It's always exciting to find a decent used item for far less than you'd pay for new. Some pieces are so costly new and easy to find used that it doesn't even make sense to buy them in retail stores.
Here's a list of six things you should almost always buy used.
01 of 06
Baby and Children's Clothing
Babies, toddlers, and young children outgrow their clothes fast—and they stain them with all sorts of substances. It makes little sense to buy them new.
Instead, hit the racks at garage sales and thrift stores for used children's clothing that sells for a song. Many items are—or look—brand new because sometimes kids grow so fast they don't have a chance to wear newer clothing.
It's perfectly fine to mix used clothing in with new items you receive as shower and holiday gifts. If you prefer having all top-quality and high-end clothing in your kid's closet, head to your local children's consignment shop for upscale finds.
02 of 06
Today's stainless flatware tends to have practical characteristics more so than enchanting formal patterns. If you're willing to whip out a polishing cloth on occasion, consider investing in a set of real silverware.
But, there's no need to buy it at full price. You'll find lovely sets for less money at estate sales and antique malls. Many homeowners who have downsized are liquidating estates that include formal silverware.
03 of 06
Sports and Exercise Equipment
Before you invest hundreds (or even thousands) on a pricey piece of sports or exercise equipment, try to find a used version first. You'll find items in thrift stores, yard sales, and notices posted on online neighborhood groups. Many homeowners rather give away their exercise equipment for pennies than keep them as places to drape clothing.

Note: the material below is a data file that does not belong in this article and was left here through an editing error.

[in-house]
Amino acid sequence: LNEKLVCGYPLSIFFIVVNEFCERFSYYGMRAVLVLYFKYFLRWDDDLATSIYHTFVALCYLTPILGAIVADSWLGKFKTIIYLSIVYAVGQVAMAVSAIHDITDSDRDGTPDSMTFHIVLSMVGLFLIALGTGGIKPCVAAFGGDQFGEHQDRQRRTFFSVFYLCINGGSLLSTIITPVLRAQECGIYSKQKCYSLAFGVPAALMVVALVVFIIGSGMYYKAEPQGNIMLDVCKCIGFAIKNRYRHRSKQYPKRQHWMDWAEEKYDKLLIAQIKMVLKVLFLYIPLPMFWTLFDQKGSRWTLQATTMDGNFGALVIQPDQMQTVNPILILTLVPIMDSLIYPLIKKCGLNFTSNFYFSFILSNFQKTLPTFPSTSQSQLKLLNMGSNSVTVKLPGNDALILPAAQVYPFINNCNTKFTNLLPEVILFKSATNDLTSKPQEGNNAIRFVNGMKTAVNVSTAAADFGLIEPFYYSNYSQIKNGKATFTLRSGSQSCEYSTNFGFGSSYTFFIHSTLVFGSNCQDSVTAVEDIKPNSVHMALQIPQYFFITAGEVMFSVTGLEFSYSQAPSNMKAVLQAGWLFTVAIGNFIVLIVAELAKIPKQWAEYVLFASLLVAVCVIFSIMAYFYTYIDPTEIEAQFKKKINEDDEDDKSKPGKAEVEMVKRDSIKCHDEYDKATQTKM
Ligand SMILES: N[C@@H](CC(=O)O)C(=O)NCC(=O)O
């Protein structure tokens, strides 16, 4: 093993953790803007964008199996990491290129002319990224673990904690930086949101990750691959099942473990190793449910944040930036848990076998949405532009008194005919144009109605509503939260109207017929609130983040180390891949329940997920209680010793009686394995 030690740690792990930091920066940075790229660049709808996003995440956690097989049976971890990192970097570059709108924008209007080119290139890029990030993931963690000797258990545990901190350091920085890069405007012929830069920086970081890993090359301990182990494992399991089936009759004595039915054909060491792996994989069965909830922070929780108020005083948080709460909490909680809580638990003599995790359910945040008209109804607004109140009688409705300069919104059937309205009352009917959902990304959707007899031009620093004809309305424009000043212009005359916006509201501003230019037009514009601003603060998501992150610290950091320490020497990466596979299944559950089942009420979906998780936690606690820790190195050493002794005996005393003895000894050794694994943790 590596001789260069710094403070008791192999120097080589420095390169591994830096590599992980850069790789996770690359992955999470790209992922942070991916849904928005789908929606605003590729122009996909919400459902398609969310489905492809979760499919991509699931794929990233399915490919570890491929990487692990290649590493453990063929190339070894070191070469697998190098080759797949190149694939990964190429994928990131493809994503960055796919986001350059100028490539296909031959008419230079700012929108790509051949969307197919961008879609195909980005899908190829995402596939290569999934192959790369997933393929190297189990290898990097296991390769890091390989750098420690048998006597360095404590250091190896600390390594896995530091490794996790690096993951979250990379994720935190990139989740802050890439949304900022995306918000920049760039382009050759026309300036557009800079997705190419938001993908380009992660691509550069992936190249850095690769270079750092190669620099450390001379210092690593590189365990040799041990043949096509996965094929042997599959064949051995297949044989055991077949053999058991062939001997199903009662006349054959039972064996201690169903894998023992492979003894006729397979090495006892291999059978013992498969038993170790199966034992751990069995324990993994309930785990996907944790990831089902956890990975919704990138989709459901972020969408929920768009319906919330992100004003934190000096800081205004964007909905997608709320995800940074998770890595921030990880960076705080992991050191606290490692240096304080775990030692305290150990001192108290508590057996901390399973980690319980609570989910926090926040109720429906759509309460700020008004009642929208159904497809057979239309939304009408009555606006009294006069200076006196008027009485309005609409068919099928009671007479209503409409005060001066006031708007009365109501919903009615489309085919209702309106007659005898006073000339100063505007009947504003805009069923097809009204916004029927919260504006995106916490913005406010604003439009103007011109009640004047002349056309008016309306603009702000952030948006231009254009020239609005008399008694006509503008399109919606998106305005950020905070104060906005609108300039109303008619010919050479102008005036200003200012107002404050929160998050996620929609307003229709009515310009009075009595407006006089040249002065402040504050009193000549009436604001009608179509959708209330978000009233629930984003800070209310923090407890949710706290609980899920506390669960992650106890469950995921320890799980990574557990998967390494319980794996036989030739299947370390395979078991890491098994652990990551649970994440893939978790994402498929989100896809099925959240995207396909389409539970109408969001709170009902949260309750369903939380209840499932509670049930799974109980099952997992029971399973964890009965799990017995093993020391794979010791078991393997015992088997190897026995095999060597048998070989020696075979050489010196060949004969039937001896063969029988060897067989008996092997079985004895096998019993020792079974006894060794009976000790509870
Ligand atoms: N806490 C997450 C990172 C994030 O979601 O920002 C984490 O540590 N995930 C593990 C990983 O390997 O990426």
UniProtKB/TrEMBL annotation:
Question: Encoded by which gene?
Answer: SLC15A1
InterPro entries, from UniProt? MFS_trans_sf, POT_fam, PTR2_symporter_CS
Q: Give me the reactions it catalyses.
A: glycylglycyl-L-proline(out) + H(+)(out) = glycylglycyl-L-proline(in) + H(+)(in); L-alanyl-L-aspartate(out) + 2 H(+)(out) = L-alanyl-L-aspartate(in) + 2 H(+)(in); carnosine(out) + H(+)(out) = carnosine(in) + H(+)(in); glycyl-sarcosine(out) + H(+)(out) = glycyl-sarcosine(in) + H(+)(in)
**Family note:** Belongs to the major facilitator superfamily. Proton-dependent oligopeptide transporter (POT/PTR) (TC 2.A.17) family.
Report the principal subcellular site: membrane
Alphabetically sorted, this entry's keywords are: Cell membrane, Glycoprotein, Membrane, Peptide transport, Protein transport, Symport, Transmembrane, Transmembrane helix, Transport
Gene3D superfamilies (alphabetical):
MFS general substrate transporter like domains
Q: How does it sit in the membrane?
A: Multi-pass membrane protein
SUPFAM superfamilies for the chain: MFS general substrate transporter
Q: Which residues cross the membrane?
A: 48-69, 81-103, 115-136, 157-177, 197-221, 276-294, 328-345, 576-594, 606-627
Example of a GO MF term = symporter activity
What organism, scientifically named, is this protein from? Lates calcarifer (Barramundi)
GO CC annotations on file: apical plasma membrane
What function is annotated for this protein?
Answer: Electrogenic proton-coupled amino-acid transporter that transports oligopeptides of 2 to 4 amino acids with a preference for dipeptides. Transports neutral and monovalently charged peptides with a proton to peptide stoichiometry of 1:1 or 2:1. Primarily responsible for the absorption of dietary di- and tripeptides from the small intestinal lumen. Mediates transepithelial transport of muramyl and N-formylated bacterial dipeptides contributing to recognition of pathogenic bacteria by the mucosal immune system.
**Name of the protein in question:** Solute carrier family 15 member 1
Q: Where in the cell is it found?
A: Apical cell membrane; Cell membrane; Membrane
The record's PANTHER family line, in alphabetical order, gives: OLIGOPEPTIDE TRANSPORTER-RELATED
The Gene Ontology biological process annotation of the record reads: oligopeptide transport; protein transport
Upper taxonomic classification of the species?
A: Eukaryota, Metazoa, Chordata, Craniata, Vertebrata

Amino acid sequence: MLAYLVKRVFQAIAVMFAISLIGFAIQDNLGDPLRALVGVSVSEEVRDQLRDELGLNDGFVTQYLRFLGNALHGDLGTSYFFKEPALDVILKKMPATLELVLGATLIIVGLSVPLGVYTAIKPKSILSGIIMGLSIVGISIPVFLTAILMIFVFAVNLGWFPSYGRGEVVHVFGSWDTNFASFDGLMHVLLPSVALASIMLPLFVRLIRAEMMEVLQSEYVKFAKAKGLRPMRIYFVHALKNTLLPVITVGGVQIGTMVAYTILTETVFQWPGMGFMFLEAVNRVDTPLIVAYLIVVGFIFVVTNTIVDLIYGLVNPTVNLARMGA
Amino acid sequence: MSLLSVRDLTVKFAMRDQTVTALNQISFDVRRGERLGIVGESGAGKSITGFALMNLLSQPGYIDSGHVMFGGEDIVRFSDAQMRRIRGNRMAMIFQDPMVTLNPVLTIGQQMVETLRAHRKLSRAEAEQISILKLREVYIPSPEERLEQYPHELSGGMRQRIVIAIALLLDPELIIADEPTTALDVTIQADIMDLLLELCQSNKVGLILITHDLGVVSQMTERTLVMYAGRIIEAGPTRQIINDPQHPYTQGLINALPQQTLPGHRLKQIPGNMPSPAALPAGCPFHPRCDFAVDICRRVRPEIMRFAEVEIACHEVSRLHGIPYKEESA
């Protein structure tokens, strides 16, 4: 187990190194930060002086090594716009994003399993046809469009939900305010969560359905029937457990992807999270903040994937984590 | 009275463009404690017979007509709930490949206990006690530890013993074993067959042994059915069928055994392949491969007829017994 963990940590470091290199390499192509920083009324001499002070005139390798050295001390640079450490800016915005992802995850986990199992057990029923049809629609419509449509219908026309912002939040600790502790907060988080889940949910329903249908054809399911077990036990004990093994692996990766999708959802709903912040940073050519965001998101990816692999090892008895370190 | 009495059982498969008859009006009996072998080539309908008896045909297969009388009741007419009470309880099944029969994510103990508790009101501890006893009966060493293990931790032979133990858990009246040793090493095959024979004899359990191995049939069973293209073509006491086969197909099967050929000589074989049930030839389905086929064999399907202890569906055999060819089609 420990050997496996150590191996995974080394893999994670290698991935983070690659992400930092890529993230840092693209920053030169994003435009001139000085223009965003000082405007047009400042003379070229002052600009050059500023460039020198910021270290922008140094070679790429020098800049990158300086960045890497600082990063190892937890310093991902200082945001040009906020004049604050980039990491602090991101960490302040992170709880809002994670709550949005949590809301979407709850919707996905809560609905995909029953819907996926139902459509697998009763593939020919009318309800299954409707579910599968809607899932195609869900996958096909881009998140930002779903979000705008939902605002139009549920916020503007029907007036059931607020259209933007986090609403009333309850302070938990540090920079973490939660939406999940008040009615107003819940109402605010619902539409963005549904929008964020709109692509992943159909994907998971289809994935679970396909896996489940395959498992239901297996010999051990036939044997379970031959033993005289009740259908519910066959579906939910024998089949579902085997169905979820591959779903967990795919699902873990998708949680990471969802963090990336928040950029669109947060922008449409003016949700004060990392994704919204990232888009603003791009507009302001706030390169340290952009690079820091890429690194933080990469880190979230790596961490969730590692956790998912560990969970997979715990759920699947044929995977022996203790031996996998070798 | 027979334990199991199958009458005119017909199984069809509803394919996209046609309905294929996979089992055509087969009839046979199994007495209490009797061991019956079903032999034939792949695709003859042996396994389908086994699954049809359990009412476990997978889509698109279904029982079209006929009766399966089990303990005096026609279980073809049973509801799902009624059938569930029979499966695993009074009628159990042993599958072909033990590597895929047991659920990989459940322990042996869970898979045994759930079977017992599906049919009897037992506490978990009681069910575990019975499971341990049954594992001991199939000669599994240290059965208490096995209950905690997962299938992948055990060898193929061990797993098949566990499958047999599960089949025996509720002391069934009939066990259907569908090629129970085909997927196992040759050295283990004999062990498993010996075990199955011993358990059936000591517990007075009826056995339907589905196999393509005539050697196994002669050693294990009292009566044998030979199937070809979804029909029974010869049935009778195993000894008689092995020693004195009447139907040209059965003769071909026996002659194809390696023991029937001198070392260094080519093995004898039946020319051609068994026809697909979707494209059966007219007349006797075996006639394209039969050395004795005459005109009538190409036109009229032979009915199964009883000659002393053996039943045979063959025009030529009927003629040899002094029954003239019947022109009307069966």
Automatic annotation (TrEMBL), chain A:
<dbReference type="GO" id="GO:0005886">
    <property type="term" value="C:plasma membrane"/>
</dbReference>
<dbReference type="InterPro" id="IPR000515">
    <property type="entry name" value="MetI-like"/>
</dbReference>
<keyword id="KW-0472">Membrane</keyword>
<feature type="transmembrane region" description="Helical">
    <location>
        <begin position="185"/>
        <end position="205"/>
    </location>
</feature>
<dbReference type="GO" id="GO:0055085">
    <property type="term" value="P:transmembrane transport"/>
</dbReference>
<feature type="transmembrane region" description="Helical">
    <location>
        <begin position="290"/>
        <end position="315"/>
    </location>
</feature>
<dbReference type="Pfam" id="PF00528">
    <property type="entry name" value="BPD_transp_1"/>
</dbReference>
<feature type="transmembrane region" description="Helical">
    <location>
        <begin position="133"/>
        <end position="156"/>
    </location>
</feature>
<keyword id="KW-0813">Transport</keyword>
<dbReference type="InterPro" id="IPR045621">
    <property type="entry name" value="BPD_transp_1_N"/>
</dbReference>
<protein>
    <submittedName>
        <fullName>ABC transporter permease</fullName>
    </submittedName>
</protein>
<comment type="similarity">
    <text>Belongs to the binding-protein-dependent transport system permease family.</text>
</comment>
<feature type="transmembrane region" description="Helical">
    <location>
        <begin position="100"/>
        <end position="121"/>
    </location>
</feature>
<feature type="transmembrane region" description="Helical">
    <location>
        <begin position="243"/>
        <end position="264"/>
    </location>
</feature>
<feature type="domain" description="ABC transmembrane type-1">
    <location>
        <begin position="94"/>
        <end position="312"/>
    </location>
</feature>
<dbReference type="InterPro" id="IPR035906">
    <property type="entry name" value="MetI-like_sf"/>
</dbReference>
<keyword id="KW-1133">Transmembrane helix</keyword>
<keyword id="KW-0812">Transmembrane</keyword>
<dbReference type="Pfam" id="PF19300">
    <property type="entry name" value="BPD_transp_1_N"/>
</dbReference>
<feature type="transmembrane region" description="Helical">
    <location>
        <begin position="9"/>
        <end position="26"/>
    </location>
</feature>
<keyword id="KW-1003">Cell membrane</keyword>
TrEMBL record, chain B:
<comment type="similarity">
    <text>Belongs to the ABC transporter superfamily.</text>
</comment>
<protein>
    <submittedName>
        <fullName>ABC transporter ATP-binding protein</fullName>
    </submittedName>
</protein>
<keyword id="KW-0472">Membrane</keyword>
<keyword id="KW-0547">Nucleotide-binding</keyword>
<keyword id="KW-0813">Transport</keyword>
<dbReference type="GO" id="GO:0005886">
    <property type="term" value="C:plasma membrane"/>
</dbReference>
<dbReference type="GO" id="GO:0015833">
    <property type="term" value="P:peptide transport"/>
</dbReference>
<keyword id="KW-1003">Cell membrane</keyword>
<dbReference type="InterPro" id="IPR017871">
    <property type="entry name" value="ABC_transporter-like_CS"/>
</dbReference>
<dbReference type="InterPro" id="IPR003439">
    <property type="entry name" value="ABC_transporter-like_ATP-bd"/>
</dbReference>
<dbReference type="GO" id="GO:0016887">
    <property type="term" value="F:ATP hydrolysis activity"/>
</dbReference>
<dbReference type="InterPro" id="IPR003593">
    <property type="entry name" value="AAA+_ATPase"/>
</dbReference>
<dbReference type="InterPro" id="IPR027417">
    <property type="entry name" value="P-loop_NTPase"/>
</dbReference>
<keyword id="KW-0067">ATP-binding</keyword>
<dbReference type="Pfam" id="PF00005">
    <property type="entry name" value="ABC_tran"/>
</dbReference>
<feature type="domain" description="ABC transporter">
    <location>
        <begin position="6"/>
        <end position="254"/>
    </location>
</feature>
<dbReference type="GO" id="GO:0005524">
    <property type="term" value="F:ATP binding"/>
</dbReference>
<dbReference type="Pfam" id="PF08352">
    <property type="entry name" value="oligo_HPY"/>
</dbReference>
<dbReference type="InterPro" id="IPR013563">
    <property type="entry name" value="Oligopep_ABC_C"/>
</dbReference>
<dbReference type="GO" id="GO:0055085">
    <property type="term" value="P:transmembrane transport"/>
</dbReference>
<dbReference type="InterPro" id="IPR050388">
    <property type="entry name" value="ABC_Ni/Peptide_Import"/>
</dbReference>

04 of 06
If you're counting down the days until a book's release, it is worth the cost to buy it new. If you're browsing randomly for something to read or collecting volumes for a home library, it pays to save money by buying used books. Inexpensive used books are especially easy to find at thrift stores, indoor flea markets, and yard sales.Continue to 5 of 6 below.
05 of 06
Specialty Kitchen Appliances
Don't blow big bucks buying new and trendy specialty appliances. Instead, buy yours at a yard sale or thrift store. If you're looking for something specific, put the word out on neighborhood apps and you may find someone in town who coincidentally wants to give an appliance a good home.
06 of 06
Movies and Music
Now that the world has gone digital, it's easier and cheaper than ever to buy used DVDs and CDs of movies and music at garage sales and thrift stores. Except for curated or high-end markets, most flea markets have at least one seller who specializes in nothing but. When the cost of buying used is less than the cost of downloading a single song, it doesn't make much sense to buy new.